Global warming is one of the most important issues that the global community encountered in the last 50 years. Despite the mounting evidence and increasing public unrest, the reality of the situation falls on the death ears of the government. The recent withdrawal of the United States from the Paris Accord is not the first and will not be the last shortsighted political decision in relation to global warning. Persistent misinformation about the issue and the fear of economic decline often drive such decisions, but there is another factor that has an effect on the policymaker. This paper will examine the issue of global warming from an economic standpoint, as well as cover the free rider problem and how it affects the fight against global warming.
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Economic Growth and Carbon Dioxide Emissions
The link between economic growth and carbon dioxide emissions is a commonly discussed topic that is directly related to the issue of global warming. The literature on the topic often provides different results based on the different countries observed by the researchers and can be hard to interpret. However, most studies show that there is a certain connection between economic growth and carbon dioxide emissions. One of the more established methods of measuring this relationship is through the use of the environmental Kuznets curve.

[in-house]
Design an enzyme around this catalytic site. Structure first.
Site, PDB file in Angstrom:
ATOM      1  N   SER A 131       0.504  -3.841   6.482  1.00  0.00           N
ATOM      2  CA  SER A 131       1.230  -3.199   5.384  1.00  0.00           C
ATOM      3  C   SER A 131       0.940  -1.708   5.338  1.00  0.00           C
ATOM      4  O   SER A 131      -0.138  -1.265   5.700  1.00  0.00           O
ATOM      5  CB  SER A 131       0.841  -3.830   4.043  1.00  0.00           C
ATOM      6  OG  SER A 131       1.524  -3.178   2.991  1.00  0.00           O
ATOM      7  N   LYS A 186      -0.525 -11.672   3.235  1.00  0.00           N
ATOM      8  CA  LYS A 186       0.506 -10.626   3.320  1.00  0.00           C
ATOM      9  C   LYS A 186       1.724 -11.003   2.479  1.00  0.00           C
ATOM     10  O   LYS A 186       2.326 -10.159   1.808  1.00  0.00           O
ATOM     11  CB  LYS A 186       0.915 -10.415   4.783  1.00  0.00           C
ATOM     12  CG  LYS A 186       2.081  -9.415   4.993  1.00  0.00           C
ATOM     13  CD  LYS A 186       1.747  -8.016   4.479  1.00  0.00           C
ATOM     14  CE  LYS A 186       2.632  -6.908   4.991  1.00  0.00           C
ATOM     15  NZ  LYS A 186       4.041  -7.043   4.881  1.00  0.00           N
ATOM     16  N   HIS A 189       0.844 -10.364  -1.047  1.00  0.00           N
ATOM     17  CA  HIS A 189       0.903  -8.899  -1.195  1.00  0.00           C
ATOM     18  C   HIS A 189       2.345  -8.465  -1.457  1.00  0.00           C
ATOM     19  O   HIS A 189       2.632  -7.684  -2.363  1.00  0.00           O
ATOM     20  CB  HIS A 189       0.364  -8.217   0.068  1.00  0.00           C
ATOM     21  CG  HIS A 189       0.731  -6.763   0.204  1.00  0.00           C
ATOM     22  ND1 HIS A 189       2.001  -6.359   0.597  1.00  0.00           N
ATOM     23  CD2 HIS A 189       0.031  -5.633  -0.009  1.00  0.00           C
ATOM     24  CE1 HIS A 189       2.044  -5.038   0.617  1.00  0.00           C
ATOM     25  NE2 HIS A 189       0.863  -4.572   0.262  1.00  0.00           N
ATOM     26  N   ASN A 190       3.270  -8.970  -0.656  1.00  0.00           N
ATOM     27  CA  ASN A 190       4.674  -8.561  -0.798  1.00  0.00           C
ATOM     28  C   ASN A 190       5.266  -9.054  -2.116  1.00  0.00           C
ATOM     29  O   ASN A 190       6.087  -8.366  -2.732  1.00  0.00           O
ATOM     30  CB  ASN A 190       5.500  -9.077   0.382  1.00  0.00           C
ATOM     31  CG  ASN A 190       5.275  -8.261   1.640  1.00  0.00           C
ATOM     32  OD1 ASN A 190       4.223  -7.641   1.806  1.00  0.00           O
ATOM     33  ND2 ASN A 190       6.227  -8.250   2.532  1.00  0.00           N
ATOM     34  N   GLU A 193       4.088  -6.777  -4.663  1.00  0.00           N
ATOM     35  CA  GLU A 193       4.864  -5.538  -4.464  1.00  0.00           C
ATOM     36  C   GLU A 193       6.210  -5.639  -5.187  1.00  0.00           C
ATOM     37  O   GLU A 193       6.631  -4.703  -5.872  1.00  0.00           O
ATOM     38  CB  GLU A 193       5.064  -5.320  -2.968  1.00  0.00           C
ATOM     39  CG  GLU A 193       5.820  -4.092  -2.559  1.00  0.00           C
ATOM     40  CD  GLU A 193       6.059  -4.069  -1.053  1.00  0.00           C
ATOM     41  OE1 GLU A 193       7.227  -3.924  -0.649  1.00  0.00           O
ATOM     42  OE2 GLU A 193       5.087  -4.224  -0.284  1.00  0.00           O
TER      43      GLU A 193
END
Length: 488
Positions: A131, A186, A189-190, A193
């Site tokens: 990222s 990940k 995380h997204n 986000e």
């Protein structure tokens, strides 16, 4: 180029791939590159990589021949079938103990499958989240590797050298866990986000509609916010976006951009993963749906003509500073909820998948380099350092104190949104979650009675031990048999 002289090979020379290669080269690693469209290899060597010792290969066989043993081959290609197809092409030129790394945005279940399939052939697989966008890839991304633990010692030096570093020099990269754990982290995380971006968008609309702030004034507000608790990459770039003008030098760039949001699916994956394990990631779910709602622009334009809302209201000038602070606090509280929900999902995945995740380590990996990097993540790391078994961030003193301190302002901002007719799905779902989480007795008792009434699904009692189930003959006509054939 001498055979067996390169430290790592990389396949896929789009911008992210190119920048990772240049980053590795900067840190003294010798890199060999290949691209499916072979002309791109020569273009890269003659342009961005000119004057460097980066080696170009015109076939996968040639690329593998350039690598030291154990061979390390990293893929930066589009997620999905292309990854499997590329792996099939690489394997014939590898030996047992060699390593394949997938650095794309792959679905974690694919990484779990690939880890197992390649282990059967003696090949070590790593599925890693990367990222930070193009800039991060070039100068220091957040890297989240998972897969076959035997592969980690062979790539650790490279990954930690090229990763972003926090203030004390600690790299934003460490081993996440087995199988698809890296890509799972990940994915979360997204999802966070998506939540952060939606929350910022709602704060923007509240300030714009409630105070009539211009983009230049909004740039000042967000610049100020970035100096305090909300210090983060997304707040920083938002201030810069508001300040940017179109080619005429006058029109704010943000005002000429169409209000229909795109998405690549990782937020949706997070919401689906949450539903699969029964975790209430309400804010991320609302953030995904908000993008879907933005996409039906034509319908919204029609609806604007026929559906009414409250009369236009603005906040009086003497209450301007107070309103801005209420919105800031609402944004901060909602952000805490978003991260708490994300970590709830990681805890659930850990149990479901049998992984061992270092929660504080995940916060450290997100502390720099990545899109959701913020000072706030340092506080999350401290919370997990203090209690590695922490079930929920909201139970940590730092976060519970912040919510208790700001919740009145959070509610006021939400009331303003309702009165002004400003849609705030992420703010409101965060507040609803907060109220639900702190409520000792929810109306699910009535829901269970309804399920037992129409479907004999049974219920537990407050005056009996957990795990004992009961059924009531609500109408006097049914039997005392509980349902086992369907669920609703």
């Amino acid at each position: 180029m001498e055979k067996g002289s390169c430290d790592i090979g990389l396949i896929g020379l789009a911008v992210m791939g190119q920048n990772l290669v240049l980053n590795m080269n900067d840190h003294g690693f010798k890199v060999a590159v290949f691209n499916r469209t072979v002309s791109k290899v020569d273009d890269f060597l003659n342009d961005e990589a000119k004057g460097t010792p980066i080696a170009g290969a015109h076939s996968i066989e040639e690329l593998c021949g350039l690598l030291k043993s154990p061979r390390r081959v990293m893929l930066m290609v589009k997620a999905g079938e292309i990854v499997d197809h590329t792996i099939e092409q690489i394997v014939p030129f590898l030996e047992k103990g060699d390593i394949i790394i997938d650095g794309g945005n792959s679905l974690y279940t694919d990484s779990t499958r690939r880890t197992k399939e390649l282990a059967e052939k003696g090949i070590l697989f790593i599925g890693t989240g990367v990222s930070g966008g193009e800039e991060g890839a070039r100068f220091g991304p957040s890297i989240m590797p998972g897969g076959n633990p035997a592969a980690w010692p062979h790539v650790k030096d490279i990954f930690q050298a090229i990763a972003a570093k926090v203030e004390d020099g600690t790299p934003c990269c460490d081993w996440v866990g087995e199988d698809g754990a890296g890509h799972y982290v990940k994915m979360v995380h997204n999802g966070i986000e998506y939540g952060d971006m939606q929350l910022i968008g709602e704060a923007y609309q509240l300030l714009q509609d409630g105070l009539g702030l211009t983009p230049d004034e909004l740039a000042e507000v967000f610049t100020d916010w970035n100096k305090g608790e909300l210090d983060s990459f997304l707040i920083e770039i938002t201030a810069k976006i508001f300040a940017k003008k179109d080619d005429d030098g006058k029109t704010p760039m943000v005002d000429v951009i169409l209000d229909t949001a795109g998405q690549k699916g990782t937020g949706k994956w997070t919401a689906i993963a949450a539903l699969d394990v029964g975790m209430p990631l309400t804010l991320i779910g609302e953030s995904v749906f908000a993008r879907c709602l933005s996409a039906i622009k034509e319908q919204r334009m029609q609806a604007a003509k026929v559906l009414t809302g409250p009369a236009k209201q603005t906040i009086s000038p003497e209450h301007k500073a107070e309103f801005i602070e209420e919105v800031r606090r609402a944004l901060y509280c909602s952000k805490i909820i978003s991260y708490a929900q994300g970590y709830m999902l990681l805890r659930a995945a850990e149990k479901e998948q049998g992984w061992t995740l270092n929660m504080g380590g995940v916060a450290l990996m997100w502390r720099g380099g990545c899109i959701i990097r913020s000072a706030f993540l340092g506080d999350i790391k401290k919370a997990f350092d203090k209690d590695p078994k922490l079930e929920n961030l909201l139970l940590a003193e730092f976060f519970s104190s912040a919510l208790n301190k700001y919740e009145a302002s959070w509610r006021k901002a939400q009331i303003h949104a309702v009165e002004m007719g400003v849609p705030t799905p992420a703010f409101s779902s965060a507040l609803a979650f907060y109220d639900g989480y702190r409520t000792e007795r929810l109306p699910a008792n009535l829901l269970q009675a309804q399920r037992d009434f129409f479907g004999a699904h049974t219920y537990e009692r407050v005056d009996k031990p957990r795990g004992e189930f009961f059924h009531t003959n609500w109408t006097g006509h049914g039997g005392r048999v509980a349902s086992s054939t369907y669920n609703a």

The environmental Kuznets curve hypothesis proposes during the early stages of development pollution increases with economic growth. However, in the later stages, it decreases due to various factors. One of such factors is the greater desire to pay for environmental quality at higher levels of income. At later stages of economic development, citizens of the country are more likely to demand clean air and water from the government. Unfortunately, the local hypothesis does not appear to be applicable to the global pollutants such as carbon dioxide emissions. Countries often fail to account for the emissions produced in one country being consumed in another during the creation of the environmental goals (Fernandez-Amador et al. 270). Subsequently, it leads to less effective policies and plans.
The issue of energy consumption and its connection to economic growth also has an effect on global warming. It is a less researched area, but the current data outlines four types of connections with different implications for energy policy. The first is the neutrality hypothesis. It states that there is no causality between energy consumption and GDP. It can be supported if no relationship between them is found. The second is the conservation hypothesis that proposes a unidirectional connection from GDP to energy.